Warriors come out to play
- Miles Vance
- Beaverton Valley Times - Sports
Aloha's stars lead a historic comeback in the annual Schwab Bowl
HILLSBORO - The Aloha football team already wrote the biggest story of the 2010-11 school year when it won the Class 6A state championship back in December.
But four of the Warriors' senior stars got a chance to add an epilogue to that story on Saturday night in the annual Les Schwab Bowl at Hillsboro Stadium, and it was well worth the wait.
The four Warriors - defensive back Caylen Clardy, linebacker/running back John Shaffer, defensive back Jesse Bresser and defensive end Michael Plueard - took the North team and Aloha head coach Chris Casey to a 42-38 victory highlighted by the biggest comeback in the game's 64-year history.
After the game, the Warriors basked in the glow of their historic victory.
'It was great to get to play for coach Casey one more time, and this group of guys right here is amazing,' said Bresser, who will play football at Western Oregon University next year. 'I got to live with them all week. I have a lot of relationships that I'll take with me to college.'
'To be here with four of the contributors from the state championship team is unbelievable, but even more unbelievable is how we bonded with the rest of the team, the other players from around the state,' said the Portland State-bound Shaffer, who scored the game-winning touchdown with 22 seconds left on the clock Saturday.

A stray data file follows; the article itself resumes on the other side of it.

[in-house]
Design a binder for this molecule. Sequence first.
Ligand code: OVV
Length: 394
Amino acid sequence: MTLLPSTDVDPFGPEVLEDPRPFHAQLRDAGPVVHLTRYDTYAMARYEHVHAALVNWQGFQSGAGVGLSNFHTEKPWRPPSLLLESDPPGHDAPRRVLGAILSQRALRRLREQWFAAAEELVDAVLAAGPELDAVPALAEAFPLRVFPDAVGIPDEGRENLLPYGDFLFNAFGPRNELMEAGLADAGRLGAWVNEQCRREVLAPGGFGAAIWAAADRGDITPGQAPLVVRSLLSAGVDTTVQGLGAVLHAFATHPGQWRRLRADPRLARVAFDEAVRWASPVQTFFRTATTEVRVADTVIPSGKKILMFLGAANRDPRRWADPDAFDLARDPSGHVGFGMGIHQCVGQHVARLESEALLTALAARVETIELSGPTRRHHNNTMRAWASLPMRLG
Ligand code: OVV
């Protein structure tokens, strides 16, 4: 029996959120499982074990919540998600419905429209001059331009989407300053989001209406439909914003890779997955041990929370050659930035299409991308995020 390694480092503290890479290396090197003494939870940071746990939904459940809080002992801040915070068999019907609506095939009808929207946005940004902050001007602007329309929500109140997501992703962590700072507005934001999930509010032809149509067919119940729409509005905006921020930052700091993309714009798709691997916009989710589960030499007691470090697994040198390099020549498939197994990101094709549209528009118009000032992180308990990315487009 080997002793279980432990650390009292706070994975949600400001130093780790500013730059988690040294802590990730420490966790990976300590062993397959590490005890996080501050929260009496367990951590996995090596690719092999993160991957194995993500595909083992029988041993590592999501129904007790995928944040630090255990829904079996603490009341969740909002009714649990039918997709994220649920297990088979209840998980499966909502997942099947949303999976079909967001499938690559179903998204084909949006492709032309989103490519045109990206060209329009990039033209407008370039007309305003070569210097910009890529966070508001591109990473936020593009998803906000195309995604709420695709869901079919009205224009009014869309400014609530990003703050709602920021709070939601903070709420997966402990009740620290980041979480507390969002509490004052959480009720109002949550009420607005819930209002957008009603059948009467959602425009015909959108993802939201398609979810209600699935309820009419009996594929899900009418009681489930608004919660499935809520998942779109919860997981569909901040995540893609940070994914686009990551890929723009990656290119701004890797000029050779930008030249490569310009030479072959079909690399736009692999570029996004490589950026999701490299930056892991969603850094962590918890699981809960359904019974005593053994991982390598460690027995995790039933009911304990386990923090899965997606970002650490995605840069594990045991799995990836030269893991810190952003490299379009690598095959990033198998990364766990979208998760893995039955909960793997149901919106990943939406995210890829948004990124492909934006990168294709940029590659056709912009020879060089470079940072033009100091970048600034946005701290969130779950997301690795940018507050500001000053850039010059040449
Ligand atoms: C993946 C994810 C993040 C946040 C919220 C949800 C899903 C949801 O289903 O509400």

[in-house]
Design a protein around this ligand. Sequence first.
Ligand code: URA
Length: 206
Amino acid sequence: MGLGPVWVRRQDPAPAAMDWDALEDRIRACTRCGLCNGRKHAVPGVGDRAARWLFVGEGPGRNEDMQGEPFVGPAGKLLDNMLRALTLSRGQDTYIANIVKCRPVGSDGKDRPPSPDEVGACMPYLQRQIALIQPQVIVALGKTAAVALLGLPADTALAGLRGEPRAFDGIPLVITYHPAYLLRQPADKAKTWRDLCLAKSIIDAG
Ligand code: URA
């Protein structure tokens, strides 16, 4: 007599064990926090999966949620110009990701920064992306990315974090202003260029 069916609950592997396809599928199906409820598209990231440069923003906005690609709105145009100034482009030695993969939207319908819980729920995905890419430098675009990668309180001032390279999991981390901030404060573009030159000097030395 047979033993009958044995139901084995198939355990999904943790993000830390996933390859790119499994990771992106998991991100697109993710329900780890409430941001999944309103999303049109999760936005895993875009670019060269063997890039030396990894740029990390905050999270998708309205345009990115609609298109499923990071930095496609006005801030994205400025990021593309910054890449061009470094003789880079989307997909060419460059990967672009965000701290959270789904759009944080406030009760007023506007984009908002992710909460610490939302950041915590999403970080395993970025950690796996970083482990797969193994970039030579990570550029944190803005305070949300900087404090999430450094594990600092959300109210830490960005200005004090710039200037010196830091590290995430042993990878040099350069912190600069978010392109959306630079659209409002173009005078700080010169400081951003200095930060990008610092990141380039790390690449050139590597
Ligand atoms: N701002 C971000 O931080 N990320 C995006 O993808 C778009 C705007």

While Shaffer capped the North's dramatic victory with that late TD run, the Aloha quartet really told its story on the defensive side of the football. Trailing the South 31-7 at halftime on Saturday, the four Warriors - who spent much of the second half together on defense - helped turn the game on its ear.
The South team, led in the opening half by Marist quarterback Logan Silver, shredded the North 'D' to the tune of 94 rushing yards, 288 more through the air, and four touchdowns.
'We didn't come as strong as we should have,' said Clardy, who will play baseball and football at College of the Siskiyous next year. 'Our defense was getting beat up pretty early. We definitely underestimated their speed and talent on both sides of the ball.'
The second half, however, was a totally different story. Energized by the beating it had absorbed in the first half, the North just flat got after it in the second half.
In the game's final two quarters, the North defense forced six punts, created two turnovers (one of those a fumble forced by Plueard) and gave up just 92 more yards in total offense.
'We love defense at Aloha and we give it all to our coaches,' said Bresser, who had five solo tackles in the win. 'They coach us very well and we play together very well. The team played just great.'
'I had the feeling we'd let the game slip, but once I heard the speeches at halftime, we came out pumped. I knew we were going to
take it,' said Clardy, who had three tackles and broke up one pass. 'I was definitely still believing.'
The North offense did its part too, following the lead of Lincoln quarterback Peter Williams to a 28-0 scoring edge in the third quarter, and finally, getting Shaffer's six-yard game-winning TD run in the game's final minute.
'Once we hit halftime, we knew we were going to be tired, they were going to be tired - it was all about heart then,' Clardy said. 'Whoever was going to want it more was going to take it.'
And in the final analysis, it was defense that stood in the forefront of the Warriors' minds after the game, especially after spending so much time together on 'D' in the final two quarters.
Playing together 'definitely made it a lot of easier because we've been together, we know how to work together as a defense,' said Shaffer, who tied for the North lead in tackles with seven.
'It was crazy. Everyone played well,' Bresser said. 'The defense stepped up tremendously.'
Plueard, who will attend Oregon State next year, ended his football career Saturday night with a flourish. He made five tackles Saturday night, including one sack for a 12-yard loss and another tackle for a six-yard loss.